How To Clean an 184-Year-Old Building…by the Employees of Cleaners ‘R’ Us

1. Arrive in your company car, which closely resembles a dark blue roller skate.  Remove your vacuum cleaner and cleaning supplies from the trunk.  Slam trunk hard enough to rattle the windows of the building.

2. Trudge up the steps with your burden, and enter the building while complaining loudly to your co-worker about your aching body parts.  Ignore the sign, reading “Please close this door,” on the beautiful curved mahogany front door with leaded glass…you won’t be there long anyway.  Who cares if those people in the bookstore get cold?  The inside door also has leaded glass, and an automatic closer…do nothing to prevent it slamming.  They have that glass at Wal-Mart, don’t they?

3. Stomp up the stairs to the architect’s office.  Vacuum the carpet in the office, making sure to chip paint off the baseboards with the powerhead while making loud thumps.  Slam the office door on your way out.

4. Vacuum the stairway.  It is important never to lift the machine, but bounce it down the stairs, while bashing the powerhead into the wall repeatedly on each step.

5. Make a call on your cell phone.  You’ve worked hard…you deserve a break!  Talk loudly about something important, like what happened on the episode of Jersey Shore you watched last night.  If there are customers in the bookstore, double the volume of your voice.

6. Lift the entrance mat, and heave it out of the way, letting it drop with a thud.  Never stop chatting with your co-worker – she really wants to know the weather for Tuesday!  Using your mop, do a quick run over the tile floor, using the handle as a battering ram on the hall baseboards as you go.  Under no circumstances are you to talk to the people in the bookstore.  They’re readers…everyone knows that readers are dangerous!

7. Wash the windows in the doors, even though the leading makes them hard to see through.  Slam the door every time you come back in.

8.  Clean the bathroom.  Take the bag out of the garbage can, and don’t replace it until you’re ready to leave.  Those people can carry their used paper towels up the hallway to the store and throw them away!  Be sure to throw the door open hard enough to jangle the spring on the doorstop (bonus points for dislodging it from the wall completely)!  Don’t forget to fold the end of the toilet paper into a point!

9. Go back to your car.  Drop vacuum and cleaning supplies back in the trunk.  Slam the trunk and your car doors once again.  Drive away.  Don’t forget to come again next week!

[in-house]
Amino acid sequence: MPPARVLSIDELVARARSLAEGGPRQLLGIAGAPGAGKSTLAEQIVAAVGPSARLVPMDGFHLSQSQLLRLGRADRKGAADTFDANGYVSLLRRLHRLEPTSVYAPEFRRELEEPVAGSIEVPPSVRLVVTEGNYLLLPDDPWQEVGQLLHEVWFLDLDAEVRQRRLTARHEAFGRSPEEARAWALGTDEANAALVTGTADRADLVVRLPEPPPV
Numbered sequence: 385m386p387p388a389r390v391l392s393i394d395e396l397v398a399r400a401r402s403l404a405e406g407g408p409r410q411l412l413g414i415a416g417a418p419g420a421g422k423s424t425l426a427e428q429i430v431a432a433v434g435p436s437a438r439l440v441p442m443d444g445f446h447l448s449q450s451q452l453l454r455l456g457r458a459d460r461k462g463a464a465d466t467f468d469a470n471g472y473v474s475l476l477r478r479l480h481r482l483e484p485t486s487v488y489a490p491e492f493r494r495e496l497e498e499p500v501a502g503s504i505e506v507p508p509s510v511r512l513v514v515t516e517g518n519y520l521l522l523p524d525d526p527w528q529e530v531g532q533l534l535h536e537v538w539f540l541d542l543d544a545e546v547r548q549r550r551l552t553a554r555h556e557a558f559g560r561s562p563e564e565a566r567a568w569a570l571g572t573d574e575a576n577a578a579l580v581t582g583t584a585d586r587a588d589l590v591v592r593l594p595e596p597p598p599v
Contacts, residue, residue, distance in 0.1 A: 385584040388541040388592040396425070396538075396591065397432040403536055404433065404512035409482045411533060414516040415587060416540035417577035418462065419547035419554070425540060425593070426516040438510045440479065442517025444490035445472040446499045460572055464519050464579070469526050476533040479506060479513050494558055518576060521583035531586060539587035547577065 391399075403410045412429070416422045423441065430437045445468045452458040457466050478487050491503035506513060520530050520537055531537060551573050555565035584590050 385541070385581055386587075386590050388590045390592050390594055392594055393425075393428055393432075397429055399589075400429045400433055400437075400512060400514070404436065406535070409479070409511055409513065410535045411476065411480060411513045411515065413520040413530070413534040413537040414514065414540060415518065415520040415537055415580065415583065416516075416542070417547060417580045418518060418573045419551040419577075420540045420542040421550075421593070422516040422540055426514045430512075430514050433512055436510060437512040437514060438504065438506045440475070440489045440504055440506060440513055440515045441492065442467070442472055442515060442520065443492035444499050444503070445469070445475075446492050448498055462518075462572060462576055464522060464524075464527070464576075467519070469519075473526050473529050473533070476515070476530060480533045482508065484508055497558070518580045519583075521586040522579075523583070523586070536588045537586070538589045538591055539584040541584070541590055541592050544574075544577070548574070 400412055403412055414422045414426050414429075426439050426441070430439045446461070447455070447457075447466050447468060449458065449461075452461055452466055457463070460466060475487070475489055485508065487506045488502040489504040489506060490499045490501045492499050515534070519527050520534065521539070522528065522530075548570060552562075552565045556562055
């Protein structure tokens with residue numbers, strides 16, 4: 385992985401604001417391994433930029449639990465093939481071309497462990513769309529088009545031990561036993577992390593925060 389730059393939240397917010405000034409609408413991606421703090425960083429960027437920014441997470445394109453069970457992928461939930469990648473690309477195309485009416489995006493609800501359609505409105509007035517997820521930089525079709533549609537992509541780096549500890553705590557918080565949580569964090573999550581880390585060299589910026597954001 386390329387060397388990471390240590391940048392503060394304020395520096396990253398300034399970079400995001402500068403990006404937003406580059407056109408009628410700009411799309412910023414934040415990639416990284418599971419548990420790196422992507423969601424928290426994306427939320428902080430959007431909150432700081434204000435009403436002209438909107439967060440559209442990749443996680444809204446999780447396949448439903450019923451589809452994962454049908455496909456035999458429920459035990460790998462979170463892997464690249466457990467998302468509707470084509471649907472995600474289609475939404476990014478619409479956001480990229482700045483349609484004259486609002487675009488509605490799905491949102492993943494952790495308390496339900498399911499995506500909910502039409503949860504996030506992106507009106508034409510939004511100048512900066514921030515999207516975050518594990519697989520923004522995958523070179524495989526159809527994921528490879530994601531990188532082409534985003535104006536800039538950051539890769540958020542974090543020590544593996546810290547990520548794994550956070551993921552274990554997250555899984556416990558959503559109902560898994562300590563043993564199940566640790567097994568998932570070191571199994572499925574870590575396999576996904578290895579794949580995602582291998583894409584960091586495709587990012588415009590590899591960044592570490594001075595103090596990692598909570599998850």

Note: This satirical piece is based on my weekly experience with the company employed by the landlord to clean the building our bookstore is in…it is not intended to represent common practice for this or any other cleaner.  However, if I were paying these women, they wouldn’t be employed long!  I miss our old cleaning lady, Joanna, who was lovely…sadly, she left to go back to school!

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24 Comments

Filed under rants, satire

24 responses to “How To Clean an 184-Year-Old Building…by the Employees of Cleaners ‘R’ Us

  1. There is probably a connection between how they act and how well they clean.

  2. I think I’d have to fire them too, Wendy. What a hoot–sad, but funny.
    Kathy

  3. Ah, Drill Sargeant style cleaning. I guess that’s better than Gentle Pat cleaning. I like your new photo!

  4. Oh my… They should change their name to Crappy Crabby Cleaners.

  5. Love it, Wendy! Glad you’re back and runnin’!

  6. Wendy, though sad for you, going back to school is a good thing for Joanna. But I have to say, I would never want those cleaning people you describe to come to my house. I could do a better job by asking my dog, Henry to help me. LOL!

  7. Oh nooooo! I should have warned you. They came to my house once. Broke a piece of precious Lladró, slammed the vacuum cleaner around the wooden dining room chairs and legs, dinged the baseboards and left a plant in the kitchen on my wood surfaced coffee table, leaving a water ring!

  8. jacquelincangro

    I don’t think this is limited to cleaning people. I had a few folks like this come to my apartment when I remodeled my kitchen. The plumber in particular excelled at # 5.

  9. So glad you can see the humor! Me? I’d have a splitting headache and wouldn’t be able to think straight.

  10. Not everyone is as dedicated as we are, Wendy! Great post, though.

  11. I worked for years in a factory that specialized in replacement windows. Some of those old, leaded glass windows can cost into the thousands to replace. I think the landlord should make a call to the cleaning company and let them know that “If they break it, they pay for it!”

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